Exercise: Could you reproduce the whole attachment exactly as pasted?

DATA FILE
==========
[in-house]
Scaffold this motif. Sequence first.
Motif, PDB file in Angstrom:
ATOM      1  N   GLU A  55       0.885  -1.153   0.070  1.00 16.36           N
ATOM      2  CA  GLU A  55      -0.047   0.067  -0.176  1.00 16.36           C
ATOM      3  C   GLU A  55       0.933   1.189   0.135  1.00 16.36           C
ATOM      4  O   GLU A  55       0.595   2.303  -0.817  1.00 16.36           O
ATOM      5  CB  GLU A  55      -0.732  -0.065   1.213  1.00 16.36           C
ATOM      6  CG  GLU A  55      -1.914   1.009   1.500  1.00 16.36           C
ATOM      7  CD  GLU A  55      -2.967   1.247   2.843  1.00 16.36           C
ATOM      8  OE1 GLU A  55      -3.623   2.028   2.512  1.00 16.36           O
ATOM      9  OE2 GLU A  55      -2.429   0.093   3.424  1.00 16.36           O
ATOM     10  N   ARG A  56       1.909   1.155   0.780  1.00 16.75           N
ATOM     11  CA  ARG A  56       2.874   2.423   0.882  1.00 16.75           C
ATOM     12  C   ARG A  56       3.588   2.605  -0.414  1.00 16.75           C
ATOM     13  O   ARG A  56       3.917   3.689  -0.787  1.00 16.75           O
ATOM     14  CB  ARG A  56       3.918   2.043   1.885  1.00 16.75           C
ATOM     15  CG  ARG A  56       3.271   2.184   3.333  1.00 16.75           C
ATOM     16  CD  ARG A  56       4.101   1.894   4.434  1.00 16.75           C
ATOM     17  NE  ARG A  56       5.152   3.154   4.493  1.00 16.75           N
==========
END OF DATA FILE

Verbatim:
[in-house]
Scaffold this motif. Sequence first.
Motif, PDB file in Angstrom:
ATOM      1  N   GLU A  55       0.885  -1.153   0.070  1.00 16.36           N
ATOM      2  CA  GLU A  55      -0.047   0.067  -0.176  1.00 16.36           C
ATOM      3  C   GLU A  55       0.933   1.189   0.135  1.00 16.36           C
ATOM      4  O   GLU A  55       0.595   2.303  -0.817  1.00 16.36           O
ATOM      5  CB  GLU A  55      -0.732  -0.065   1.213  1.00 16.36           C
ATOM      6  CG  GLU A  55      -1.914   1.009   1.500  1.00 16.36           C
ATOM      7  CD  GLU A  55      -2.967   1.247   2.843  1.00 16.36           C
ATOM      8  OE1 GLU A  55      -3.623   2.028   2.512  1.00 16.36           O
ATOM      9  OE2 GLU A  55      -2.429   0.093   3.424  1.00 16.36           O
ATOM     10  N   ARG A  56       1.909   1.155   0.780  1.00 16.75           N
ATOM     11  CA  ARG A  56       2.874   2.423   0.882  1.00 16.75           C
ATOM     12  C   ARG A  56       3.588   2.605  -0.414  1.00 16.75           C
ATOM     13  O   ARG A  56       3.917   3.689  -0.787  1.00 16.75           O
ATOM     14  CB  ARG A  56       3.918   2.043   1.885  1.00 16.75           C
ATOM     15  CG  ARG A  56       3.271   2.184   3.333  1.00 16.75           C
ATOM     16  CD  ARG A  56       4.101   1.894   4.434  1.00 16.75           C
ATOM     17  NE  ARG A  56       5.152   3.154   4.493  1.00 16.75           N